Louis XIV notably introduced one of the most noticeable feature of the men’s costume of the time: immense wigs of curled hair. The wearing of wigs lasted for over a century; they went through many changes, but they were never quite as exaggerated as during this period. Despite the rise of la mode during Louis XIV’s reign, many of the clothes he wore did not survive or were taken from the monarchy’s possession. Much like the Crown Jewels, a French king did not actually own any of his clothes.
INCROYABLES AND MERVEILLEUSES, 19TH CENTURY:
The Merveilleuses scandalized Paris with dresses and tunics modelled after the ancient Greeks and Romans, cut of light or even transparent linen and gauze. Sometimes so revealing they were termed “woven air”, many gowns displayed cleavage and were too tight to allow pockets. To carry even a handkerchief, the ladies had to use small bags known as reticules. They were fond of wigs, often choosing blonde because the Paris Commune had banned blonde wigs, but they also wore them in black, blue, and green. Enormous hats, short curls like those on Roman busts, and Greek-style sandals were the rage. The sandals tied above the ankle with crossed ribbons or strings of pearls. Exotic and expensive scents fabricated by perfume houses like Perfumes Lubin were worn both for style and as indicators of social station.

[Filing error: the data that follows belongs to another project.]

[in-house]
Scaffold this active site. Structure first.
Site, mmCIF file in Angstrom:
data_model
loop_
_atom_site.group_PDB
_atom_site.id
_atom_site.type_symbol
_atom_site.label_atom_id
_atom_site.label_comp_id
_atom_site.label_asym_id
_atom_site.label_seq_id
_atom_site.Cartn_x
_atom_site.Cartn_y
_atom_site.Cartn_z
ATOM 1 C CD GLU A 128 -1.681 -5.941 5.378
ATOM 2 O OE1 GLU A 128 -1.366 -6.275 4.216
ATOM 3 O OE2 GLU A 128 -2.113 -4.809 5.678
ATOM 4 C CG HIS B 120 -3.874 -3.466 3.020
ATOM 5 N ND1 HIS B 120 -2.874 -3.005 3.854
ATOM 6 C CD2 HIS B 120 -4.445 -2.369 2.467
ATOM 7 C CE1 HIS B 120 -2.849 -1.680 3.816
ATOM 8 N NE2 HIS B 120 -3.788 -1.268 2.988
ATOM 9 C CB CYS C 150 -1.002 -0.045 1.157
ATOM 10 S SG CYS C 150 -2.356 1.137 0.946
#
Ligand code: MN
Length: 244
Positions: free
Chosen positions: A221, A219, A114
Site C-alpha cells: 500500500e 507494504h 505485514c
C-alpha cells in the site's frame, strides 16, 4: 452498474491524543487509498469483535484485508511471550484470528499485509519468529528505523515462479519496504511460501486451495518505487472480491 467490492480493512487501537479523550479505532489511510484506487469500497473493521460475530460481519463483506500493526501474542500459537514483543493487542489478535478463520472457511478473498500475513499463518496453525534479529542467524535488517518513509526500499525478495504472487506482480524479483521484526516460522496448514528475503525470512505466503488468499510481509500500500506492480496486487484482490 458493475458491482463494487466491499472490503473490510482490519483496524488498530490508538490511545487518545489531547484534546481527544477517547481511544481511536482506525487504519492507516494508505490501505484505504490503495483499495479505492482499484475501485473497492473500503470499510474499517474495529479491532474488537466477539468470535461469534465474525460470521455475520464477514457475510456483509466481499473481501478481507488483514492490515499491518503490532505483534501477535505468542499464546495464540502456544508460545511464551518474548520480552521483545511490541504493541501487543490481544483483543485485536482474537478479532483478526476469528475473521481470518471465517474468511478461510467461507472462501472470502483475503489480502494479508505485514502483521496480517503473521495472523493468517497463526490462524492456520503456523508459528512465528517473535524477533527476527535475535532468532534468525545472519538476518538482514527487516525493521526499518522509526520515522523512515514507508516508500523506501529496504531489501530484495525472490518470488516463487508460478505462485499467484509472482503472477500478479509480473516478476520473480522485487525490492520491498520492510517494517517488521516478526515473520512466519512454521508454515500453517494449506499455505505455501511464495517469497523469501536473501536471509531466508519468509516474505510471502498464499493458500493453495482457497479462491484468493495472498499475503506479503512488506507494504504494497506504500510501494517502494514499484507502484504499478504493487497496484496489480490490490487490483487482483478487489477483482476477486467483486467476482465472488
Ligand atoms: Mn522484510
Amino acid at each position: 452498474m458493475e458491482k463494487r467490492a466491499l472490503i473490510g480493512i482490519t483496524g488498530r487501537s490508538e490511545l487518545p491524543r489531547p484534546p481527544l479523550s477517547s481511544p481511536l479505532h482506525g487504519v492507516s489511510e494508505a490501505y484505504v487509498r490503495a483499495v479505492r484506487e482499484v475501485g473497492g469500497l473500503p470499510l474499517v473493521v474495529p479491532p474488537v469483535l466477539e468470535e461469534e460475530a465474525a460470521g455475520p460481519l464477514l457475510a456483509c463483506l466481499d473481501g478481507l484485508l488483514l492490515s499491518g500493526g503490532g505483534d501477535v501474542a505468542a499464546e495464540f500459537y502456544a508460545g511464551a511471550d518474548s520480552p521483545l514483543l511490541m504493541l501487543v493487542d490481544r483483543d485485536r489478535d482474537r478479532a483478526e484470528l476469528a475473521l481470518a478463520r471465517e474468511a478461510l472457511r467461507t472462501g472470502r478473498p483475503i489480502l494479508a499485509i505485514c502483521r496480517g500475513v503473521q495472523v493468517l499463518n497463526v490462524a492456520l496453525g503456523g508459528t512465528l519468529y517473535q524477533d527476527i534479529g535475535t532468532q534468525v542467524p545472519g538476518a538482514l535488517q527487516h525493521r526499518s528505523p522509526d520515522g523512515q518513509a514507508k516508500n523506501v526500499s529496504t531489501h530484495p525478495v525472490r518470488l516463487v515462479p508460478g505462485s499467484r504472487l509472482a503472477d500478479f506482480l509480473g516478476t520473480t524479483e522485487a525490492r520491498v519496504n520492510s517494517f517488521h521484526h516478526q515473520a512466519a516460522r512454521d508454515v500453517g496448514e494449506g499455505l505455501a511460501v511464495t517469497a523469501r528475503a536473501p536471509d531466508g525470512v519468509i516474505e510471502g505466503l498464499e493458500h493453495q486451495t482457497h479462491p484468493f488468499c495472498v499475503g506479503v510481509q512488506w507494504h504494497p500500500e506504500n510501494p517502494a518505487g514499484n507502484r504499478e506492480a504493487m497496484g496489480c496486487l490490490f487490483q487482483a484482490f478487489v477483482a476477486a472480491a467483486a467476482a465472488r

The Incroyables wore eccentric outfits: large earrings, green jackets, wide trousers, huge neckties, thick glasses, and hats topped by “dog ears”, their hair falling on their ears. Their musk-based fragrances earned them to the derogatory nickname muscadins among the lower classes, already applied to a wide group of anti-Jacobins. They wore bicorn hats and carried bludgeons, which they referred to as their “executive power.” Hair was often shoulder-length, sometimes pulled up in the back with a comb to imitate the hairstyles of the condemned.
World War II